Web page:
We are all familiar with semantic links. They are words in electronic media which are highlighted, often in a different colour to the main text. When you move your cursor over the word, it is revealed to be a hyperlink (a link that takes you to another web page) with more information the author wants you to read. Sometimes the sentence that the semantic link appears in is a pretext to get you to click on the link. This can be to link you to adverts or web pages, but it is also the trick used to infect your pc with trojans or viruses. You recognise the set up – a screen pops up looking like Windows Defender with scary threats that your PC is infected. You are then encouraged to activate an antivirus package, possibly one you believe you already have or one you have to purchase. The problem is that once you do this, you allow the trojan access to your pc where it can wreak havoc.  

What you may not be so familiar is that there is a linguistic (the L in NLP) trick that is used in influential communication to get people to do what you want them to. This is at the heart of the work of stage performers such as Derren Brown or Paul McKenna. In NLP it is called an embedded command. Here is how it works; the command is hidden or embedded in a longer sentence.

For instance:

“You may or may not decide to sign up to my blog site

In this example, the embedded command is written in italics. The conscious mind hears the full sentence, but the subconscious mind replays the words and can be inclined to hear the embedded command. This is particularly true if you like the speaker (another of Cialdini’s Principles of Persuasion) and want to please them. This is a key basis of hypnosis.  Notice, all of this is happening at a sub-conscious level.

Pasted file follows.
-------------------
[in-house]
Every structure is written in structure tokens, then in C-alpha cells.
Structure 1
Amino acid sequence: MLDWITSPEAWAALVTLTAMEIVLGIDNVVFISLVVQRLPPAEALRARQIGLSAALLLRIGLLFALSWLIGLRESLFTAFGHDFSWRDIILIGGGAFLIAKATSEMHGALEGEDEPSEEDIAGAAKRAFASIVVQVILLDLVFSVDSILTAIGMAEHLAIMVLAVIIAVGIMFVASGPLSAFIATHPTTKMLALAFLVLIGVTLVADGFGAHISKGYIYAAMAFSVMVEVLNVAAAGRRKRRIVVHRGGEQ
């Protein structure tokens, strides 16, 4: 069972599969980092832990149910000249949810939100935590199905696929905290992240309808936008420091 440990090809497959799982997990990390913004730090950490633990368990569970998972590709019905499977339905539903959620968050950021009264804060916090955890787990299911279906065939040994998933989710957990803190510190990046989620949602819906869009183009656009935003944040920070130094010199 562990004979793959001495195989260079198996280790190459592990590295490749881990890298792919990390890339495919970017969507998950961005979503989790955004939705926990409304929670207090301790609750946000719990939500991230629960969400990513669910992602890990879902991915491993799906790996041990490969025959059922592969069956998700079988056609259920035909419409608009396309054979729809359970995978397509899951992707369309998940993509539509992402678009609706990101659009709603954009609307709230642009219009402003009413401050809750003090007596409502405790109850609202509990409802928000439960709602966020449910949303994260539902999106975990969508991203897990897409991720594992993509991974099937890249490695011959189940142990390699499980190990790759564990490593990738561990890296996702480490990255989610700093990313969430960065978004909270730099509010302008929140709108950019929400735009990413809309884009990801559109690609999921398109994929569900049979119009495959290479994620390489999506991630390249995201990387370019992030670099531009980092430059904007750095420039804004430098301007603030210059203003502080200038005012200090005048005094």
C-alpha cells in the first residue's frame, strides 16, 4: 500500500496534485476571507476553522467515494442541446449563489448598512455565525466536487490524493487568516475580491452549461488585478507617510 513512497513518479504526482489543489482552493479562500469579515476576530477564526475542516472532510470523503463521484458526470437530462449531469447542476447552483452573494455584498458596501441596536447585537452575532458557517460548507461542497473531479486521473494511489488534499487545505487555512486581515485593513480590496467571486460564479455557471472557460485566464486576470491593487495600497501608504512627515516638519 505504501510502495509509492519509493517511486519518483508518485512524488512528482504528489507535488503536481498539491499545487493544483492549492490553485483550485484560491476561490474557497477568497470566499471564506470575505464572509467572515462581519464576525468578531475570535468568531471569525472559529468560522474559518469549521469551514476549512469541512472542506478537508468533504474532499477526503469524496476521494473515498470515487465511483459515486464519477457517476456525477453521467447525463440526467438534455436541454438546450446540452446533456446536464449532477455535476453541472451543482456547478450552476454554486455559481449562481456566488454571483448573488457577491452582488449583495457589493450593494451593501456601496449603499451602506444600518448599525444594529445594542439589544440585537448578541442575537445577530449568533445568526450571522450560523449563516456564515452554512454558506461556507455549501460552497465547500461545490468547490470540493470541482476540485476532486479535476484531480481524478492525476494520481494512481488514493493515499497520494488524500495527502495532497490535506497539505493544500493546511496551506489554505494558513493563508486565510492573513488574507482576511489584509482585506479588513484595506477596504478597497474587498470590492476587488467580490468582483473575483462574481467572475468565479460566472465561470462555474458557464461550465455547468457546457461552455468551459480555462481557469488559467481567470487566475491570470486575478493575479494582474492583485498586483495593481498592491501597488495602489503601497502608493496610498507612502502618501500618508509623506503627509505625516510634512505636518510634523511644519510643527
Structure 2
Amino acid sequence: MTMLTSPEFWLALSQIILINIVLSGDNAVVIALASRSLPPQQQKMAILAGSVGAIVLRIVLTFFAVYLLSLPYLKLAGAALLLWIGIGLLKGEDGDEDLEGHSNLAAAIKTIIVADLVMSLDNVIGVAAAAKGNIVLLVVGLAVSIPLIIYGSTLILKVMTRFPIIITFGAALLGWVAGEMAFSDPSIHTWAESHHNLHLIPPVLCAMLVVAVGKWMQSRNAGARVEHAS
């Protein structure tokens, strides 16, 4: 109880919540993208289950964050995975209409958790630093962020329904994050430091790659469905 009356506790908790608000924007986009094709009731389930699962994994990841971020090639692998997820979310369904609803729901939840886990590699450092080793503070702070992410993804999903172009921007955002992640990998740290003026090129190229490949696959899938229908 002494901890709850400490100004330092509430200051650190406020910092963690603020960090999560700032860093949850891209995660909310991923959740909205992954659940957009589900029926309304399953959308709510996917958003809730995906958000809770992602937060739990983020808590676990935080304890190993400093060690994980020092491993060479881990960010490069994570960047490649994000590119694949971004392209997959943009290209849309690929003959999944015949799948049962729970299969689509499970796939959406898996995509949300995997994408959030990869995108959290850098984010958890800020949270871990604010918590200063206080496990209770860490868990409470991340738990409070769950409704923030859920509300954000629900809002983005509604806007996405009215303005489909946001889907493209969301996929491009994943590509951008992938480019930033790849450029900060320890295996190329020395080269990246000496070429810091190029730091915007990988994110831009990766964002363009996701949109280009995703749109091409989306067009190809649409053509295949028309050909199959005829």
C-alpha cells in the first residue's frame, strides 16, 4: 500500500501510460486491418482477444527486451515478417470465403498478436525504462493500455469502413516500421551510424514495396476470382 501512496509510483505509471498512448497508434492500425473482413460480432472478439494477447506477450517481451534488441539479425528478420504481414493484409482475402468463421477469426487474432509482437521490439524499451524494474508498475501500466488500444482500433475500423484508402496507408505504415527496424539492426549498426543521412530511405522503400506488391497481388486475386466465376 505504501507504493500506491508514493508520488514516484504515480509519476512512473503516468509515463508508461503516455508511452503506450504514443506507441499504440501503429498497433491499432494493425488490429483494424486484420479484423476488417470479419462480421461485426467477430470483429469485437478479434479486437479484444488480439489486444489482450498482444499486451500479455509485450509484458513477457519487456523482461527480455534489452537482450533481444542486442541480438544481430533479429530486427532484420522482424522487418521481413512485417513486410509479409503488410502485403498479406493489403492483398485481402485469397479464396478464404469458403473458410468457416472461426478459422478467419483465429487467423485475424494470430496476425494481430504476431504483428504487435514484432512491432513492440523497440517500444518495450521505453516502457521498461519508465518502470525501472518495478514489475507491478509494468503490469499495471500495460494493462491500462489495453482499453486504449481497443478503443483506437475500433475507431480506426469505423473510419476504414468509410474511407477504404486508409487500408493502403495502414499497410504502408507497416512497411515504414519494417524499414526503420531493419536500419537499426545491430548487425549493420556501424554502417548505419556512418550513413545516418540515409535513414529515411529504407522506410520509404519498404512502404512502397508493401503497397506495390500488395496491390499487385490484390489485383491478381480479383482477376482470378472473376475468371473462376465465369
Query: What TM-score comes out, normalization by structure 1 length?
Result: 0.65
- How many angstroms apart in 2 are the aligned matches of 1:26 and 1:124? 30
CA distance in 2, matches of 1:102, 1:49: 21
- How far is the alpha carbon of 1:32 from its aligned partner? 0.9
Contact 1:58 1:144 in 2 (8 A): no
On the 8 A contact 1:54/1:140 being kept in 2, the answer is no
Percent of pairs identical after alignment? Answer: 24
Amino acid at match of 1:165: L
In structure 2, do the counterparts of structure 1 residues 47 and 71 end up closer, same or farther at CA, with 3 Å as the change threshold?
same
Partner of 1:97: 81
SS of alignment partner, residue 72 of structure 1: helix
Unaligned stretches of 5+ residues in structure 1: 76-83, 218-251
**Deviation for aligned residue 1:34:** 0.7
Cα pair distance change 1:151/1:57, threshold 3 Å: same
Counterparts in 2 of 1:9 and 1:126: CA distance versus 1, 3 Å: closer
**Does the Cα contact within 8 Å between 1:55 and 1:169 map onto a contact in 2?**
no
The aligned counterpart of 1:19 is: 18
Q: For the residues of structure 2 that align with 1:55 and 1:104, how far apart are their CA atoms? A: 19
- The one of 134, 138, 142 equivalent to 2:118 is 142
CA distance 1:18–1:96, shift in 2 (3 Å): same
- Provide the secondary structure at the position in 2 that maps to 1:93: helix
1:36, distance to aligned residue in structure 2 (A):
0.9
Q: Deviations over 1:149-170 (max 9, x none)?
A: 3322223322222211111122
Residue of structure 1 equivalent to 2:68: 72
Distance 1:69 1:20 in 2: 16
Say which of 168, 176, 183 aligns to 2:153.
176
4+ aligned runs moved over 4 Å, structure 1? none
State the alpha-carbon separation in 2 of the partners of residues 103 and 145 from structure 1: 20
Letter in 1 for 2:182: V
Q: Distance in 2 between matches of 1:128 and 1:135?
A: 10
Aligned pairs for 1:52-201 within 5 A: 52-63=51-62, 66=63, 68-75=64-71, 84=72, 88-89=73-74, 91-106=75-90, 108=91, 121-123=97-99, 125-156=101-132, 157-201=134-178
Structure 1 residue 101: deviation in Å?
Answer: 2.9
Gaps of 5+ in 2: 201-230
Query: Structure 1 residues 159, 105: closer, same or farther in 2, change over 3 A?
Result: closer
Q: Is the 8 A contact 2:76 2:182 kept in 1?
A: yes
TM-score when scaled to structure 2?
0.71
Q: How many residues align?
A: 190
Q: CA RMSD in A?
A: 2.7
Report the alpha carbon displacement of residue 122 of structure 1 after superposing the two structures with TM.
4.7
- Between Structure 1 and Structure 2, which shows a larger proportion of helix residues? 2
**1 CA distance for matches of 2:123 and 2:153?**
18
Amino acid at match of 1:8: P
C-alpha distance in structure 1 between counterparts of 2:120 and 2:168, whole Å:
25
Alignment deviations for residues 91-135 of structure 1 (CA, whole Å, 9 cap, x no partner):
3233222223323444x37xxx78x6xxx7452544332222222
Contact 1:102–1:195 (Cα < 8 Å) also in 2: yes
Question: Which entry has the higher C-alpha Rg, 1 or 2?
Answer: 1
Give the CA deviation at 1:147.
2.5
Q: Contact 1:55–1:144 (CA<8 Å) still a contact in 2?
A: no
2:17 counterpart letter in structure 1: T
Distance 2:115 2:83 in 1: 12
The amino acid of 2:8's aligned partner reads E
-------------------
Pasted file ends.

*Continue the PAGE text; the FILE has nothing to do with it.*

Embedded commands are even more effective when they use ambiguous language, such as in the following example:

“You, like me, are probably a very reasonable person.

The embedded command is, again, in italics. The subconscious mind ignores the grammar and looks at the various possible meanings of the sentence. One interpretation, possibly the desired one, tells your subconscious mind that you like me. So you do.

The learning here is that by building up a stock of choice embedded commands you can develop as a more influential communicator. In this way you are more likely to get the outcomes you deserve.

You are probably now aware of the embedded commands you already use.

Share some of your examples below.

Cialdini, Principles of Persuasion and April Fools’ pranks that are believed

As today is the first day of the fourth month, there is a lot of influential communication to be observed in the form of April Fools’ pranks. Clearly, the aim of a prank is to influence another person to believe an absurdity.

But what makes one of these pranks more likely to be believed than another?

Well, the Principles of Persuasion, devised by Robert Cialdini, can give us some clues. One principle is particularly effective; Authority.

Basically, people are more likely to be influenced in their behaviour from someone to whom they attribute relevant expertise or authority.  Think about the most famous pranks, reported or perpetrated by the BBC such as;

 1957: Hoax BBC Panorama reveals spaghetti harvest in Switzerland

1976: Patrick Moore tells BBC Radio 2 listeners that at 0947 a planetary event would lessen Earth’s gravity and if people jumped in the air at that moment, they would float.

What made these pranks so successful was the fact that authorities such as the BBC or Patrick Moore, a leading expert on Astronomy and well known TV personality, were involved.

Of course, fun as this is – or not depending on your perspective – many organisations make use of the Authority Principle in their promotion, as indeed am I.

What’s your experience of this?

Comments welcomed